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L-carnitine

Determining free and bound L-carnitine in foodstuffs using HPLC-MS/MS

L-carnitine

The amino acid L-carnitine plays an essential role in the energy metabolism of human, animal and plant cells. It functions as a receptor molecule for activated fatty acids in cytosol and in cell organelles such as the mitochrondia. The human body can form L-carnitine from the amino acids methionine and lysine, but also ingests it, predominantly from meat. L-carnitine is used in medicinal products and dietary supplement products.

Detection principle 

L-carnitine is extracted from the sample material (eg milk powder-based baby food) using an acetonitrile/water mixture at 60°C. To determine the bound L-carnitine, the sample material is also subjected to an alkali fusion. After HPLC separation on a reverse phase, and after electrospray ionisation, the L-carnitine content is determined using mass spectrometry (MS/MS) on the basis of characteristic disintegration of the quasi-molecule ions. Quantification takes place with an isotype-labelled D3-Carnitine, which was added to the sample material to be extracted before extraction began.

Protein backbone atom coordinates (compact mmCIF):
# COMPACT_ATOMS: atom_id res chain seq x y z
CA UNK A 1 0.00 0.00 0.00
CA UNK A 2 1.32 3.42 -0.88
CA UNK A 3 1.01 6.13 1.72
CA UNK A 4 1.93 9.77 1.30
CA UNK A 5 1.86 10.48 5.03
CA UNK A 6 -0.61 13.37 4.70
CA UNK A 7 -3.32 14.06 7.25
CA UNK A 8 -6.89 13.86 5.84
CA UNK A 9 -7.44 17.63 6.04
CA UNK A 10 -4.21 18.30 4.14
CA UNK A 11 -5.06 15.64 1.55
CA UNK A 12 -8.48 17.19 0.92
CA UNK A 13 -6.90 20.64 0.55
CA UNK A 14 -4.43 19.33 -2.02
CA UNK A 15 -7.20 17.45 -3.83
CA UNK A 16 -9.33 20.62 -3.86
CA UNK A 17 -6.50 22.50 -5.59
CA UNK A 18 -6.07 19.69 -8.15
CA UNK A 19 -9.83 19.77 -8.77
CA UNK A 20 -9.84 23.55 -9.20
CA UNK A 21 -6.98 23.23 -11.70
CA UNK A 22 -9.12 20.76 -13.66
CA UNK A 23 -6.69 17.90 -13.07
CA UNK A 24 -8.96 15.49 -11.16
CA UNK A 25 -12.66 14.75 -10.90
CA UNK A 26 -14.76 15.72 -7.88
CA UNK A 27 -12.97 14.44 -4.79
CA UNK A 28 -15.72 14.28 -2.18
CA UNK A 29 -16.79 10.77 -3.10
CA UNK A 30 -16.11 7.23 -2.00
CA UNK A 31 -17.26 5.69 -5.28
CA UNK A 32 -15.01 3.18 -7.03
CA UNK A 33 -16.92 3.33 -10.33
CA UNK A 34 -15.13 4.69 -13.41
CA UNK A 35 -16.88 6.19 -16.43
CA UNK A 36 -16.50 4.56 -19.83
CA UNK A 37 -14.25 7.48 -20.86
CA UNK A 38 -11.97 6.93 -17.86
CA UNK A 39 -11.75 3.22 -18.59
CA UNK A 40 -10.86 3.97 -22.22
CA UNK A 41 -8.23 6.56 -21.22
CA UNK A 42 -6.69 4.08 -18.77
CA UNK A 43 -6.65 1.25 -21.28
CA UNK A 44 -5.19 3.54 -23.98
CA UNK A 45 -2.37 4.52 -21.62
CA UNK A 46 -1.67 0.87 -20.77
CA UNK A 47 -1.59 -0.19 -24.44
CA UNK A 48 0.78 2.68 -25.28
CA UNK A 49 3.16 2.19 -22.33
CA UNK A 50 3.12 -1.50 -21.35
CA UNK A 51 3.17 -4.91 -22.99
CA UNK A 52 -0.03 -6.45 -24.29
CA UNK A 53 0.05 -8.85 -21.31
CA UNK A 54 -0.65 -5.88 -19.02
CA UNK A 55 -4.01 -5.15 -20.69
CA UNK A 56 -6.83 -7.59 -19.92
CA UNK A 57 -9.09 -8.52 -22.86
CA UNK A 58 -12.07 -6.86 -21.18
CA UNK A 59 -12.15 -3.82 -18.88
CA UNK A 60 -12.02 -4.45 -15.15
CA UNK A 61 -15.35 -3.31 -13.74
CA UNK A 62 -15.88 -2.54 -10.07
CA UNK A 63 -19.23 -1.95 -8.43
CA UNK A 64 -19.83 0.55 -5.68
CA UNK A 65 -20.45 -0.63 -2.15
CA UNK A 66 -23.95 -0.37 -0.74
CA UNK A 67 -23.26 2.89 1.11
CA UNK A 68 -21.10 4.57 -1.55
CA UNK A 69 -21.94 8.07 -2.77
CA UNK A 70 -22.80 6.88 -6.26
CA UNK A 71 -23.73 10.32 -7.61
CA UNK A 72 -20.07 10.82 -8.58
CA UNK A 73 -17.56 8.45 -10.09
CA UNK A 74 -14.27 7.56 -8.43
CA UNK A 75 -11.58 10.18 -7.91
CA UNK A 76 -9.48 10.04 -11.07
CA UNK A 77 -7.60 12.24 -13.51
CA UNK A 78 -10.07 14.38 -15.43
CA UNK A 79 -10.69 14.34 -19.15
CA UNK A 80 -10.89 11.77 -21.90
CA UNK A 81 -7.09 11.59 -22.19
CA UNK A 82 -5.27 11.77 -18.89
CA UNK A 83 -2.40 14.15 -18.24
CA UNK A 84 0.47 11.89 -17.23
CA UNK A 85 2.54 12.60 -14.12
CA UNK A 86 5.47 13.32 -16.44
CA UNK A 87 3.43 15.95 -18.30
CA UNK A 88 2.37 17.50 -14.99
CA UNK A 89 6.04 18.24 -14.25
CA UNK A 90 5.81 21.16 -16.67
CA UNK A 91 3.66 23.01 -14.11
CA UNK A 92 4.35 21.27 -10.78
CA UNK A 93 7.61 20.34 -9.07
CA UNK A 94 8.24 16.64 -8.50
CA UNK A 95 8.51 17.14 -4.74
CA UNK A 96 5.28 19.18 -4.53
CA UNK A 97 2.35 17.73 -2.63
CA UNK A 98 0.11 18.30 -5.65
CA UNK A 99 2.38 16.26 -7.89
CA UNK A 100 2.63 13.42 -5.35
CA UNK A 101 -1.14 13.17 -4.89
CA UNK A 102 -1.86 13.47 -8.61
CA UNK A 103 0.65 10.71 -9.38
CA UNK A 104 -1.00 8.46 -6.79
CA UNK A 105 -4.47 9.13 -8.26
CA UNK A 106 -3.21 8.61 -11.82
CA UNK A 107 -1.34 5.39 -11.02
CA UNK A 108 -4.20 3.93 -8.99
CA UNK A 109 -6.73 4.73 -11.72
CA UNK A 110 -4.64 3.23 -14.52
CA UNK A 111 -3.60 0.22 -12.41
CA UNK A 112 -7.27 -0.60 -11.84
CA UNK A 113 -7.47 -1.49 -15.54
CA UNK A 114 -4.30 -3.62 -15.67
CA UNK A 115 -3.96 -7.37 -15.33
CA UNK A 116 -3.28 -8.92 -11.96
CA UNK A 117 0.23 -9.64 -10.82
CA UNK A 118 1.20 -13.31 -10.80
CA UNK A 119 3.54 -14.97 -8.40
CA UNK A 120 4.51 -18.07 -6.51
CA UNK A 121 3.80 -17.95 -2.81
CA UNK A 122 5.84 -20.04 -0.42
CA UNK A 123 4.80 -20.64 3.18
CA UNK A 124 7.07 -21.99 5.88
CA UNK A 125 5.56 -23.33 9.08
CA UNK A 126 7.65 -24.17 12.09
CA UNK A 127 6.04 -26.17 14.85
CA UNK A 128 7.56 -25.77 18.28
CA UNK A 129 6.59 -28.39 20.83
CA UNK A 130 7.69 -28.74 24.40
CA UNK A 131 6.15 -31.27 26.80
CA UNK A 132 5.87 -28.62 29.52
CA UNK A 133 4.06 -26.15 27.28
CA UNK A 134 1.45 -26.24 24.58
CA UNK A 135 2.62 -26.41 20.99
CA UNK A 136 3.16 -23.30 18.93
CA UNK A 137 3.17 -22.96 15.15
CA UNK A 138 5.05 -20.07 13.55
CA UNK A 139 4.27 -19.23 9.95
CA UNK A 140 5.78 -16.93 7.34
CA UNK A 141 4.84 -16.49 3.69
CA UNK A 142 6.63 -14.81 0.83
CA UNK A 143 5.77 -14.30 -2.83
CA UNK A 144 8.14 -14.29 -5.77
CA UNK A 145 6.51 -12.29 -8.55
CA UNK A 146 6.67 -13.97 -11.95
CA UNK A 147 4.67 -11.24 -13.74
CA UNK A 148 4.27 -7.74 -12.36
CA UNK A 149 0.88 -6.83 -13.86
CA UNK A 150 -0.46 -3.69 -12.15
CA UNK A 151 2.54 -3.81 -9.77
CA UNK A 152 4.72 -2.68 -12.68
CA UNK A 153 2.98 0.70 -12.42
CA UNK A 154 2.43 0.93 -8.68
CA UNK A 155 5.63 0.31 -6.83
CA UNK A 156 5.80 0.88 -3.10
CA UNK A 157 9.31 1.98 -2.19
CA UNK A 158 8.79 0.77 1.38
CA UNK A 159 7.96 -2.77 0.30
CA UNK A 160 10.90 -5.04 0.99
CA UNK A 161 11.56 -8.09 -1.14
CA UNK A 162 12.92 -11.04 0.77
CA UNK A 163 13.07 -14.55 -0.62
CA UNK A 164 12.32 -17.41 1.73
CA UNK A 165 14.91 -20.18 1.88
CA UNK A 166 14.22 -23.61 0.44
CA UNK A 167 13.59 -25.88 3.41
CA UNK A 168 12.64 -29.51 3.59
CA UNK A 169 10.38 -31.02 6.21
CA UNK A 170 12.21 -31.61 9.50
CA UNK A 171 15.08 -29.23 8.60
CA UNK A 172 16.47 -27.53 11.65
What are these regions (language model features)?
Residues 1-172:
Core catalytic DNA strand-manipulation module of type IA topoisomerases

Fig 1: Standard solution (content represents 3 mg/100g sample):
The two characteristic mass transfers (quantifier 162 → 85 and qualifier 162 → 103) of the L-carnitine (top) and the two characteristic mass transfers (165 → 85 and 165 → 105) of the isotope-labelled D3-L-carnitine (bottom)

Fig 2: Sample of milk powder-based baby food (content: 3.9 mg/100g):
The two characteristic mass transfers (quantifier 162 → 85 and qualifier 162 → 103) of the L-carnitine (top) and the two characteristic mass transfers (165 → 85 and 165 → 105) of the isotope-labelled D3-L-carnitine (bottom)

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